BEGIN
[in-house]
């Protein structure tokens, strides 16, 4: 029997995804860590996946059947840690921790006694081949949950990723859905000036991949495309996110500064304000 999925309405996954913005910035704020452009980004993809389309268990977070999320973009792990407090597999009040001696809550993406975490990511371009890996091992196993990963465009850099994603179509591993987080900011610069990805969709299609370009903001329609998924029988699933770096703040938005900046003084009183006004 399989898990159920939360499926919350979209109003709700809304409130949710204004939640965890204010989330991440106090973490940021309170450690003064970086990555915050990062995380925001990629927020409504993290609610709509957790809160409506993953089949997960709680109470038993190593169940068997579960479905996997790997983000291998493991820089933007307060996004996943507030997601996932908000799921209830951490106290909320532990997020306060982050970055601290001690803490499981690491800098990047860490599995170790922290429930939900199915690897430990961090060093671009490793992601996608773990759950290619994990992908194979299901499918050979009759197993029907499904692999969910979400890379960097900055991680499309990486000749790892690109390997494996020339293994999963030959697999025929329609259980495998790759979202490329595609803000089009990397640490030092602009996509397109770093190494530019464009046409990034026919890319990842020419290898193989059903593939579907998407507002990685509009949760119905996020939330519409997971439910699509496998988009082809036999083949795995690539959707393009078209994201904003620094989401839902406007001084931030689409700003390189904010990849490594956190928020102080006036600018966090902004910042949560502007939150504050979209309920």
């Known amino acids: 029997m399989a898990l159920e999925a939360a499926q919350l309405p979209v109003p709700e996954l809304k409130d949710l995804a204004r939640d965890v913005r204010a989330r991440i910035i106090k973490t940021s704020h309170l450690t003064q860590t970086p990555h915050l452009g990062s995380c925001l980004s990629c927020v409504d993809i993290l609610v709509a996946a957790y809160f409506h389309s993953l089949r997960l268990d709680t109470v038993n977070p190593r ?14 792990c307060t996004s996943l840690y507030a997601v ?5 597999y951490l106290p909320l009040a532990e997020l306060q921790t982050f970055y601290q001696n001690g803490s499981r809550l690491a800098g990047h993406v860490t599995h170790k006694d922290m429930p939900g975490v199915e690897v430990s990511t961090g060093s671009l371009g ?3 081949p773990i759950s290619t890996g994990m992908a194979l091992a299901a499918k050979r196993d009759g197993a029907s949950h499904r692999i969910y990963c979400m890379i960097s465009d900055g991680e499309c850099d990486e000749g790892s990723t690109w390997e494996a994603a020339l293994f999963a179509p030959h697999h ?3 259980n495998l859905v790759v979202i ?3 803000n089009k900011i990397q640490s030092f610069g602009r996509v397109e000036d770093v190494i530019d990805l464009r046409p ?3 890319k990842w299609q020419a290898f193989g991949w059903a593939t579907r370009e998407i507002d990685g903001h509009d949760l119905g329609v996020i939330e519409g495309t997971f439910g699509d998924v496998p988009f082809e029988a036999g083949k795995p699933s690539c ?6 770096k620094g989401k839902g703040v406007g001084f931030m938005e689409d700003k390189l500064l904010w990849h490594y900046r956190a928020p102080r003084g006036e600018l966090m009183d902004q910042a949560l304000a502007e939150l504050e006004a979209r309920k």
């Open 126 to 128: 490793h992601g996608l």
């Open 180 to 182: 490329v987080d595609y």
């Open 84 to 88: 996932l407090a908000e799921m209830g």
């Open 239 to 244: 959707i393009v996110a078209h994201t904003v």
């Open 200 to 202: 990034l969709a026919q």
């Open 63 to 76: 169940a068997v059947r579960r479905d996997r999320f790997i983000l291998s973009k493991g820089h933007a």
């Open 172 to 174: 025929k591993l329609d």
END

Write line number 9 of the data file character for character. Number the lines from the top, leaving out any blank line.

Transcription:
């Open 63 to 76: 169940a068997v059947r579960r479905d996997r999320f790997i983000l291998s973009k493991g820089h933007a």